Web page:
We mainly use React JS, React Native, MongoDB and a bunch of integrations in a modular environment to make development progressive and scalable. Good Good Piggy’s child interface is designed to look like a game to hold their attention and be easy to use. Why not commit their screen time to teaching them skills that will put them on the right path? It is also fully customizable and fully parent controlled as we understand that every parent and child is unique and there are many different parenting styles. Everything must be approved by parents and is designed to be completely safe. Additionally, there is a number lock feature that parents can activate to prevent excessive screen time for their children. The video garage ensures that the child only watches the content introduced in the app by the parent and does not click on other unapproved videos.

AIM: How has your work evolved over time, especially in the post-pandemic era?

Good Good Piggy was a pandemic baby, so it’s part of our DNA. The post-pandemic era has changed the way teams work, with geography no longer a constraint. This makes the talent pool much broader and allows different perspectives to be part of the process. Creativity has definitely blossomed new solutions to make virtual teamwork effortless.

AIM: What are some of the learnings that come with being in your shoes?

My biggest learning is that you can learn anything. I’ve learned so much over the past year that I probably never would have bothered to do it if it hadn’t been for Good Good Piggy. There are also many macro trends that we have studied while trying to figure out how to create for Generation Alpha and beyond. The environment is changing so rapidly that the development of the mind has also changed in some ways and it is important for next generation carers to realize that we need to adapt teaching to accommodate technological disruption.

AIM: Have you encountered the “glass ceiling” in your career, or is it imaginary?

Of course I did! Banking and entrepreneurship are two sectors dominated by men. I am the first female solopreneur in India and the third in the world in online banking and child wallets. The startup bubble has certainly improved in terms of the share of women, but there is still a long way to go. I am happy to be part of this journey and hope to improve the path for other women moving forward.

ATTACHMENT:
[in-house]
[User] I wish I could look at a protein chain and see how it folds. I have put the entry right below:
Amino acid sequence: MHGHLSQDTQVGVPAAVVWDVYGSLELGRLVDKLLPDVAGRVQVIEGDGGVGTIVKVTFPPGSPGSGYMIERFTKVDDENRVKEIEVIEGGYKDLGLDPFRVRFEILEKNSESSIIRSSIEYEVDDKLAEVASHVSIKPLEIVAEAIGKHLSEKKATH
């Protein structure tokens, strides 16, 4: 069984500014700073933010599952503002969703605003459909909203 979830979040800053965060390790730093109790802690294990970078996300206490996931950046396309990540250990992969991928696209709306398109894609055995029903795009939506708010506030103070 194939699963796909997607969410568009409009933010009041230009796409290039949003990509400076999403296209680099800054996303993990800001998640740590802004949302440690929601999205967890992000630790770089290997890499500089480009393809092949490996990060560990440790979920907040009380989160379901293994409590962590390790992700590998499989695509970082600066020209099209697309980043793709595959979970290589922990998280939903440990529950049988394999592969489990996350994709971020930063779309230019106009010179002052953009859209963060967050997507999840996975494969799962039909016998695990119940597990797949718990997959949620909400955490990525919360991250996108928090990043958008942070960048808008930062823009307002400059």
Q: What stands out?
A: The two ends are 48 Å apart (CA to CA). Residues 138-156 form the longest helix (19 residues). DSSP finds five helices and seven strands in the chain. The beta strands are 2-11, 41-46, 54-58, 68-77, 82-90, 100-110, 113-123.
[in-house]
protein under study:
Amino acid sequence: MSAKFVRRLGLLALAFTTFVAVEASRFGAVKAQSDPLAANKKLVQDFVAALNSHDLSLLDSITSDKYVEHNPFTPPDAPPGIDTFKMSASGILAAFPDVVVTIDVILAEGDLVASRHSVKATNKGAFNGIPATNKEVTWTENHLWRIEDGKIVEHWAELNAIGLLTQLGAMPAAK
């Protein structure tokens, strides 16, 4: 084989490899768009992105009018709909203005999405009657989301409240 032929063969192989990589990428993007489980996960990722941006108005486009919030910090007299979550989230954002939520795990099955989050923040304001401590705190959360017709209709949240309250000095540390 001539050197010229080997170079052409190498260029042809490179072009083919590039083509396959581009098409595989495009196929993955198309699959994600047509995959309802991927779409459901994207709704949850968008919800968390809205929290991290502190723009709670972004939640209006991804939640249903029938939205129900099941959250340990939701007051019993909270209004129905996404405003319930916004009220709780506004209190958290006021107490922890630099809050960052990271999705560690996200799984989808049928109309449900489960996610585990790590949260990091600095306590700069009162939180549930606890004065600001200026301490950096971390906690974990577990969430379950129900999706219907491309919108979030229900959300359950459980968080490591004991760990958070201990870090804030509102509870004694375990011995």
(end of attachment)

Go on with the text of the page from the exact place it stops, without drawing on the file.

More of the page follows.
AIM: As an ambassador for the Indian chapter of Women in Tech, how do you think organizations respond to the need for diversity in technology?

Our goal is to encourage women in the technology sector and reduce gender parity. We encourage women to continue and be on the board and companies to be more inclusive. We also help women rejoin the labor market after maternity leave/break, which remains a problem for many women. I believe that real change happens when there is diversity at all levels of an organization. This means institutional funding for women leaders, training, ease of returning to work after a break and, of course, equal considerations. We want companies to be more inclusive and create their policies with all stakeholders in mind, not just following the norm.

Top Apps You Frequently Use
Canva, Stripo, Google Scholar, MS Clarity

Favorite Books/Podcasts
Podcast titled Capitalisn’t
Marketing 5.0 by Philip Kotler
Change of Mind by Susan Greenfield

What would be your alternative career?
If it weren’t for my company, I’d probably still be working in the private equity industry, but you never know – after all, Good Good Piggy was a surprise.

How do you define your leadership style?
I like to encourage independence. I believe people need space to be creative and come up with ideas. We certainly encourage learning all you can – even for our senior members. I believe that learning from each other is important for the success of any team.

Your advice for women on a similar journey.
Getting the trading environment right is important. Employees, advisors and consultants – good advice and good reviews are the key to success.

Geraldine L. Melton